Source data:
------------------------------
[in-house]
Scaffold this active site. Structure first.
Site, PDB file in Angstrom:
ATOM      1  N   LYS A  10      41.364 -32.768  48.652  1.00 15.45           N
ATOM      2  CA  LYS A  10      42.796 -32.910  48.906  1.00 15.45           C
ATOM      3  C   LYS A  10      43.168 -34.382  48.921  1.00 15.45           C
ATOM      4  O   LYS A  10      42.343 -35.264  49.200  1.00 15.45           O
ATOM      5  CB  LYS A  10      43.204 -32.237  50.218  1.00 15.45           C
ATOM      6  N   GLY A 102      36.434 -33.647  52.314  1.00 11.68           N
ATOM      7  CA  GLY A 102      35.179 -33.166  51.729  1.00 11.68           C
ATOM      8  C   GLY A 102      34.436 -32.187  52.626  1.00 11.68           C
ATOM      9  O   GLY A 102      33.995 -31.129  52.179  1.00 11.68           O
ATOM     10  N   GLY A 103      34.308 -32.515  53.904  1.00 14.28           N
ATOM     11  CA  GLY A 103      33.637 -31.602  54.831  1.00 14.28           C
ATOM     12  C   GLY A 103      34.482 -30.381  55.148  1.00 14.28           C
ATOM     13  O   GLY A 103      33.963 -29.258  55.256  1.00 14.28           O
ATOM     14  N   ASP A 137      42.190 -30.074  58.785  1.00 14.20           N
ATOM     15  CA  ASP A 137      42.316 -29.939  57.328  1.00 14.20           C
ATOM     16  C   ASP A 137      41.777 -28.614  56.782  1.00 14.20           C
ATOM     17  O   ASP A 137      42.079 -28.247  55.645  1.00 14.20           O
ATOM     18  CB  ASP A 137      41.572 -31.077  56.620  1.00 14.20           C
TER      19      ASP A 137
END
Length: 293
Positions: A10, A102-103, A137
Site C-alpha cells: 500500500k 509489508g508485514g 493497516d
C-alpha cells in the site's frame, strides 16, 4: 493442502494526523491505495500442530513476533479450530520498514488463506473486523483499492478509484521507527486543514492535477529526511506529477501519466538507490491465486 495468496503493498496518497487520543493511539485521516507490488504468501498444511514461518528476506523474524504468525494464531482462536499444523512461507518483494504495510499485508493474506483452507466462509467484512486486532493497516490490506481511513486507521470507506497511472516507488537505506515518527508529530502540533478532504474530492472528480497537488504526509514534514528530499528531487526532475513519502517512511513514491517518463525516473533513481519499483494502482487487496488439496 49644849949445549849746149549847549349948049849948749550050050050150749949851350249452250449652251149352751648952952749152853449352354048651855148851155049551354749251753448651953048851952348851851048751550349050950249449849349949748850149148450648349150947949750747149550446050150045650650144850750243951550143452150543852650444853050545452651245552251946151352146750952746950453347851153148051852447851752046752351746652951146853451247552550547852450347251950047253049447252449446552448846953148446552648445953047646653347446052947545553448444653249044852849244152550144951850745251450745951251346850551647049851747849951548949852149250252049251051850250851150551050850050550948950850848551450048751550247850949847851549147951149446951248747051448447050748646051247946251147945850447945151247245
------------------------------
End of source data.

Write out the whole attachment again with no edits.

[in-house]
Scaffold this active site. Structure first.
Site, PDB file in Angstrom:
ATOM      1  N   LYS A  10      41.364 -32.768  48.652  1.00 15.45           N
ATOM      2  CA  LYS A  10      42.796 -32.910  48.906  1.00 15.45           C
ATOM      3  C   LYS A  10      43.168 -34.382  48.921  1.00 15.45           C
ATOM      4  O   LYS A  10      42.343 -35.264  49.200  1.00 15.45           O
ATOM      5  CB  LYS A  10      43.204 -32.237  50.218  1.00 15.45           C
ATOM      6  N   GLY A 102      36.434 -33.647  52.314  1.00 11.68           N
ATOM      7  CA  GLY A 102      35.179 -33.166  51.729  1.00 11.68           C
ATOM      8  C   GLY A 102      34.436 -32.187  52.626  1.00 11.68           C
ATOM      9  O   GLY A 102      33.995 -31.129  52.179  1.00 11.68           O
ATOM     10  N   GLY A 103      34.308 -32.515  53.904  1.00 14.28           N
ATOM     11  CA  GLY A 103      33.637 -31.602  54.831  1.00 14.28           C
ATOM     12  C   GLY A 103      34.482 -30.381  55.148  1.00 14.28           C
ATOM     13  O   GLY A 103      33.963 -29.258  55.256  1.00 14.28           O
ATOM     14  N   ASP A 137      42.190 -30.074  58.785  1.00 14.20           N
ATOM     15  CA  ASP A 137      42.316 -29.939  57.328  1.00 14.20           C
ATOM     16  C   ASP A 137      41.777 -28.614  56.782  1.00 14.20           C
ATOM     17  O   ASP A 137      42.079 -28.247  55.645  1.00 14.20           O
ATOM     18  CB  ASP A 137      41.572 -31.077  56.620  1.00 14.20           C
TER      19      ASP A 137
END
Length: 293
Positions: A10, A102-103, A137
Site C-alpha cells: 500500500k 509489508g508485514g 493497516d
C-alpha cells in the site's frame, strides 16, 4: 493442502494526523491505495500442530513476533479450530520498514488463506473486523483499492478509484521507527486543514492535477529526511506529477501519466538507490491465486 495468496503493498496518497487520543493511539485521516507490488504468501498444511514461518528476506523474524504468525494464531482462536499444523512461507518483494504495510499485508493474506483452507466462509467484512486486532493497516490490506481511513486507521470507506497511472516507488537505506515518527508529530502540533478532504474530492472528480497537488504526509514534514528530499528531487526532475513519502517512511513514491517518463525516473533513481519499483494502482487487496488439496 49644849949445549849746149549847549349948049849948749550050050050150749949851350249452250449652251149352751648952952749152853449352354048651855148851155049551354749251753448651953048851952348851851048751550349050950249449849349949748850149148450648349150947949750747149550446050150045650650144850750243951550143452150543852650444853050545452651245552251946151352146750952746950453347851153148051852447851752046752351746652951146853451247552550547852450347251950047253049447252449446552448846953148446552648445953047646653347446052947545553448444653249044852849244152550144951850745251450745951251346850551647049851747849951548949852149250252049251051850250851150551050850050550948950850848551450048751550247850949847851549147951149446951248747051448447050748646051247946251147945850447945151247245